A few weeks ago I rented the Canon 200-400mm f/4 IS L lens with the built in 1.4x extender. This lens has received raving reviews from many nature and wildlife photographers, so I couldn't keep myself from renting it over the first cold and clear weekend I had the opportunity. The $130 rental cost for one weekend with this lens from Pro Photo Supply in Portland is a lot easier to swallow than the $11,799 purchase price tag. It was a bird intensive weekend for me with the 200-400mm lens, beginning with Saturday morning at the nearby Commonwealth Lake Park where I was lucky to have about a ten minute portrait session just 15 or so feet from a great blue heron, albeit not in the best of light. I was also fortunate to capture a beautiful male hooded merganser catching a fish. Commonwealth Lake is such a great place for photos of birds catching fish, since this lake is stocked with fish. I spent the entire day on Sunday at Ridgefield NWR, and frankly that was too much of the birds and not enough of my wife and kids for one day. I love photography as a hobby, but blowing a whole weekend day with the birds (and with this great lens) was too much of a good thing. But enough complaining. My favorite shots from Ridgefield on this bright Sunday were of a female northern harrier gliding over the fields, and of a red-tailed hawk posing on post number 12.
I really enjoyed the 200-400mm lens. It's very sharp, and the focal length range offers perfect flexibility for a location like Ridgefield. But the 200-400mm lens is much larger and heavier than the 400mm f/5.6 L lens I typically photograph birds with. The 400mm prime lens doesn't have IS, and just has one two position switch for minimum focus distance. The 200-400mm lens has more switches with more positions each, in addition to the zoom ring and the teleconverter lever. I'm not used to the complexity of such a lens, as well as the girth. My shots from this weekend certainly suffered from this increased complexity.My time with the 200-400mm lens gave me a new appreciation for the ease of use my 200-400mm lens offers.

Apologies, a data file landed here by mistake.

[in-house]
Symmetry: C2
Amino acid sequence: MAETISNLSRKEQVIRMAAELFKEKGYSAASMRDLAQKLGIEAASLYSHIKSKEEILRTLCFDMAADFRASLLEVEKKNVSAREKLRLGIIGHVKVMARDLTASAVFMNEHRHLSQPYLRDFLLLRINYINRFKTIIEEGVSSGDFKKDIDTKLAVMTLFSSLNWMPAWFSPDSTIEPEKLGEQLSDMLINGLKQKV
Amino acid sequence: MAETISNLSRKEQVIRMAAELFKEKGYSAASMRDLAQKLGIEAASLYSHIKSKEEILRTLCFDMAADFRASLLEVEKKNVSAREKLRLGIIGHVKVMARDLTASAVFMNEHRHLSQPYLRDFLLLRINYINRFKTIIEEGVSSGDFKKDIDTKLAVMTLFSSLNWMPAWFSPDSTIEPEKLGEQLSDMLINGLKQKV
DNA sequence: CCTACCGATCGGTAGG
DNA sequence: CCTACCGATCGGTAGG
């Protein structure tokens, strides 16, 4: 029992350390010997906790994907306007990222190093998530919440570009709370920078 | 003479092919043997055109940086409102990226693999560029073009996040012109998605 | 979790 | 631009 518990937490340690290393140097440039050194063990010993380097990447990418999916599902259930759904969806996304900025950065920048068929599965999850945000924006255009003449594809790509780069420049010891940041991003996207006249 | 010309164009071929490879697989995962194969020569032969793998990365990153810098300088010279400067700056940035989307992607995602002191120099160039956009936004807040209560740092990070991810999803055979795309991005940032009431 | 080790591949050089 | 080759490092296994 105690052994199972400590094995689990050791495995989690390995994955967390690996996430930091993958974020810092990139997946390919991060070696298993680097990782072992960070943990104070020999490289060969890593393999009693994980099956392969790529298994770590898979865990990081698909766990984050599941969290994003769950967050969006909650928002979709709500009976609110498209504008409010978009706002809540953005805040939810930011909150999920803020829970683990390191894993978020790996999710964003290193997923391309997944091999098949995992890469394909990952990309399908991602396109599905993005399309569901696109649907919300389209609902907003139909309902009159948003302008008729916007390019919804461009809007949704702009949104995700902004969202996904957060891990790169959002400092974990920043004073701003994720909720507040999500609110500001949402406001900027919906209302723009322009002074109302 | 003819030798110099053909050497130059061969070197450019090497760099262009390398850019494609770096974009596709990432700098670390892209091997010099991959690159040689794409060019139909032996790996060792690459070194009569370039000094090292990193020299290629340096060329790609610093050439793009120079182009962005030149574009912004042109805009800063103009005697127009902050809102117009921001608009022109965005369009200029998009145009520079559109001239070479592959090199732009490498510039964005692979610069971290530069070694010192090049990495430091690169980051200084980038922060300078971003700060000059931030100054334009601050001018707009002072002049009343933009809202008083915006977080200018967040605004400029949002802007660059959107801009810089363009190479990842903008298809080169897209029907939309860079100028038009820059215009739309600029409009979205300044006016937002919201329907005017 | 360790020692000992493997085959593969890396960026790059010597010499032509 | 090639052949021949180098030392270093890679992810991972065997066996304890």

Apart from the obvious things to love about the 200-400mm lens, the focal zoom range and convenience of the built in teleconverter, the creamy smooth bokeh from the 9 aperture blades left my jaw hanging when I processed these files on my 27" monitor, it was really, really pretty.
Some things that I wasn't as impressed with on the 200-400mm, aside form the size and complexity (I can't hold this against the lens while at the same time I enjoy its flexibility) was the sharpness and the autofocus performance. This lens is very sharp, but I felt it was no more sharp than my prime 400m lens is. The autofocus was slower than it is on my 400mm f5.6 lens, especially when the teleconverter was engaged. This really surprised me. I was not expecting my old 400mm f/5.6 L lens to autofocus faster and be no less sharp than this new lens that costs 10x more than my old prime lens, especially since the new 200-400mm lens is the envy of so many bird and wildlife photographers. Maybe I was doing something wrong with the new zoom lens, but I doubt it. I prepared and read the new lenses' user manual, and played with the focus tracking settings on my Canon 5D MkIII camera body. I just couldn't get the 200-400mm lens to feel as snappy as my 400mm lens does.
All in all, I had a lot of fun with this lens a few weekends back. It's sharp, the improved IS is really nice to assist getting sharper images while bracing the lens without a tripod, and the bokeh is perfectly dreamy. However, I found the size and weight of the lens limiting given I'm not used to shooting with these large lenses, and the autofocus with the extender I found underperformed. Shooting with this new and already revered lens for a weekend made me appreciate my own 400mm lens more, and made me look more closely at a couple factors that aren't typically discussed often when lenses are reviewed. Don't get me wrong, I'd love to own Canon's new 200-400mm lens, but if I had $12,000 burning a hole in my pocket that I had to buy a new lens with, I think I'd look more closely at a prime 400mm, 500mm or maybe even the 600mm lenses from Canon rather than the 200-400mm. Especially since the vast majority of bird photos are taken racked right out at the end of a zoom lens. But with new budget lenses aimed right at serious bird photography hobbyists from Nikon, Canon, Tamron, soon from Sigma, and even from Olympus (for the micro four thirds system), there's never been a better time to enjoy bird photography.